Post-coffee, we spent a great 2.5 hours at SFMOMA, one of my favorite museums. They had a fantastic Magritte exhibition on. We had seen a Magritte exhibition in Brussels a few years ago and the art had not really spoken to me; SFMOMA’s show changed my mind. The exhibition focused on Magritte’s “Fifth Season” – his late works – and displayed how varied his style was: much more than just pipes and hats. After Magritte, we covered most of the rest of the museum. Saturated with art, we stopped for a BLT lunch at The Grove nearby. A spot of Levi’s shopping brought us to dinnertime, when we met my cousins K and A for a Burmese feast at B Star.

Day 3: Wednesday

Another nice day in San Francisco! Breakfast and coffee at Sculleryfancy PB&J and tasty coffee (do you sense a trend? Much coffee was sampled throughout our trip…America does do a good drip (aka filter) coffee).

We then met one of my aunts, a cousin, one of my uncles, and my grandma at the Legion of Honor Museum for lunch and the Pre-Raphaelite Brotherhood exhibition. It was great to catch up with some of my family, who I hadn’t seen since my grandma’s 80th birthday celebration/reunion four years ago.

Dinner was delicious quinoa-lentil and roasted cauliflower tacos with watermelon-feta-mint salad at Liv and Iain’s place! They were wonderful hosts and we had a lovely, relaxing evening with them. They also gave us a lot of suggestions for the next two stops of our trip: Point Reyes and Nevada City. Stay tuned!


USA Trip 2018: New York City

Greetings! This is the first in a mini series of posts about the two-week USA trip that F and I took this August. I’m writing one post for each short ‘stage’ of the trip we had. While we spent the majority of the time in California (stay tuned for these posts!), we started off with a weekend in Manhattan, NYC. Read on to see what we got up to. (NB: none of this is sponsored – all of the following are my personal opinions and I write for fun!)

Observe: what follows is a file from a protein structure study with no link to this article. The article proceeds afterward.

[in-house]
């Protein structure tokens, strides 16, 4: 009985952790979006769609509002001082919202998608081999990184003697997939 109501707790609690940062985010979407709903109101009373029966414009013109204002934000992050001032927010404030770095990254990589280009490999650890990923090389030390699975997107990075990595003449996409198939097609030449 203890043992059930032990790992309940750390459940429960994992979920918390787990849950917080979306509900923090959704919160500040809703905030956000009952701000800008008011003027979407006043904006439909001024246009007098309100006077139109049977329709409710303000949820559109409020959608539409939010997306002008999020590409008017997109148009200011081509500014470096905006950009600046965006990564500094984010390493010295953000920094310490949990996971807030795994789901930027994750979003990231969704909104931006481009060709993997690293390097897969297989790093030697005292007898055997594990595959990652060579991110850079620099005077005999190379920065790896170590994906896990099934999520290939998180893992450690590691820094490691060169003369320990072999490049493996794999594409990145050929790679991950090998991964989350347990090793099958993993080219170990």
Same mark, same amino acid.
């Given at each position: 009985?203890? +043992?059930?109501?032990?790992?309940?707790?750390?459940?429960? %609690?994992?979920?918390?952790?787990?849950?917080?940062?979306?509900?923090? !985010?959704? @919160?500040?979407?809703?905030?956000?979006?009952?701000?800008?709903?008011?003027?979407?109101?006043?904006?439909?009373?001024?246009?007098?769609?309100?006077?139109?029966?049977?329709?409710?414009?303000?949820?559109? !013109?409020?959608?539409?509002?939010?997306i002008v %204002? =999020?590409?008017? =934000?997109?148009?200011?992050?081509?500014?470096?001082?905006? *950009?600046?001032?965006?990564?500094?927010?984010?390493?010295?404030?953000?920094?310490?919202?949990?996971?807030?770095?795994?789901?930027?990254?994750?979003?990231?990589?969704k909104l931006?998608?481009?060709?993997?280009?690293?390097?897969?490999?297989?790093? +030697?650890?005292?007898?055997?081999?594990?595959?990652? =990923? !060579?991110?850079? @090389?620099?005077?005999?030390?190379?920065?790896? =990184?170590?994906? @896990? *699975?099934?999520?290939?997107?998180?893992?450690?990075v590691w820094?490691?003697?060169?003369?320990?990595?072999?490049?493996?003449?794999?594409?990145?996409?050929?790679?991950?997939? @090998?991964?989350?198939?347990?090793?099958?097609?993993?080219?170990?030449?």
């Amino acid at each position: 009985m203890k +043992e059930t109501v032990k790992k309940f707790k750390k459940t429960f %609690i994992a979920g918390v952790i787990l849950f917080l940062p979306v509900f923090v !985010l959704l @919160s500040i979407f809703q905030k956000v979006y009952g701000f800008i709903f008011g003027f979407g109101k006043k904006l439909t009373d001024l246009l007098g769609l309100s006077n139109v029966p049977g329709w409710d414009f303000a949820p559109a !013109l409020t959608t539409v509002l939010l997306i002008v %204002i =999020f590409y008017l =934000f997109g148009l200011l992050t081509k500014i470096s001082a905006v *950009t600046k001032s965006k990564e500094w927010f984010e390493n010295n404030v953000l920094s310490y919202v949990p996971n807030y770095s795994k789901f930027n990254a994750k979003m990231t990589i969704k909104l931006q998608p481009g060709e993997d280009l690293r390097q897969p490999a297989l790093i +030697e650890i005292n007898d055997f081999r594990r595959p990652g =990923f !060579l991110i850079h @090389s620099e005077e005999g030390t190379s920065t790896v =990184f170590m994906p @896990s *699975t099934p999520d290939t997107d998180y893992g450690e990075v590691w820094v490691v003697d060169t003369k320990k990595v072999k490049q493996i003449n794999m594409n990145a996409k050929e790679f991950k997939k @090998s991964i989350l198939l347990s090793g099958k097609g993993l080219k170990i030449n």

Although I grew up in New York State, this was only my fourth time ever in New York City (yes – believe it or not, New York State is about a lot more than NYC). I’ve never loved NYC but was open to my opinion changing after 5.5 years living in London.

Day 1: Saturday

The stars aligned and Emma was in NYC this week with her sister! They generously stayed a couple of extra days so that we could have brunch together on Saturday morning. We darted through the summer downpour to Supper (yes, brunch at Supper) on the Lower East Side. The French toast was delicious, and it was wonderful to spend a couple of hours catching up with Emma and meeting her sister. A good start to the trip!

Brief Emma reunion! Photo credit: Dea

Later, we procured some bagels with cream cheese – had to have a bagel in New York! – and took them up to Central Park, where we munched while people-watching in the sunshine. Then we strolled up to the Guggenheim Museum (F had never been) to see an interesting Giacometti exhibition.

Did I mention it was HOT in New York? Ah, the East Coast summers: 90F/32C+ with 90% humidity…I do not miss this.

Day 2: Sunday

After a good sleep, F and I got up early to go for a run in Central Park. It was already hot and humid, but the park was beautiful and we managed 10.4km. I was glad there were so many drinking fountains throughout the park – that is something the US does well that Europe could do a better job with. Afterwards we treated ourselves to a delicious diner brunch at John’s Coffee Shop (2nd Ave). (Diners are a must while in the US! We tried a few over the course of our trip.)

In the afternoon, we took the metro down to the Brooklyn Bridge to see the 9/11 memorial and 1 World Trade Center. The outdoor memorial is quite moving. We then walked up through Chinatown and Little Italy to find Rice to Riches, a brilliant concept cafe that serves rice pudding in various flavors. My manager at work had recommended it, and it was a tasty afternoon pick-me-up.

Dinner was at Raku, a cozy udon noodle spot in the East Village recommended by one of F’s colleagues. It was outstanding. The menu was simple, the service was good, and the udon noodles were so fresh. F was in foodie heaven. It was also one of our most inexpensive dinners of the trip. Highly recommended!

Udon noodles at Raku. Wow. Photo by F.

And that was our weekend in NYC. While I enjoyed exploring Manhattan with F, I was not overwhelmed with love for the city. I much prefer London, and our next stop: San Francisco!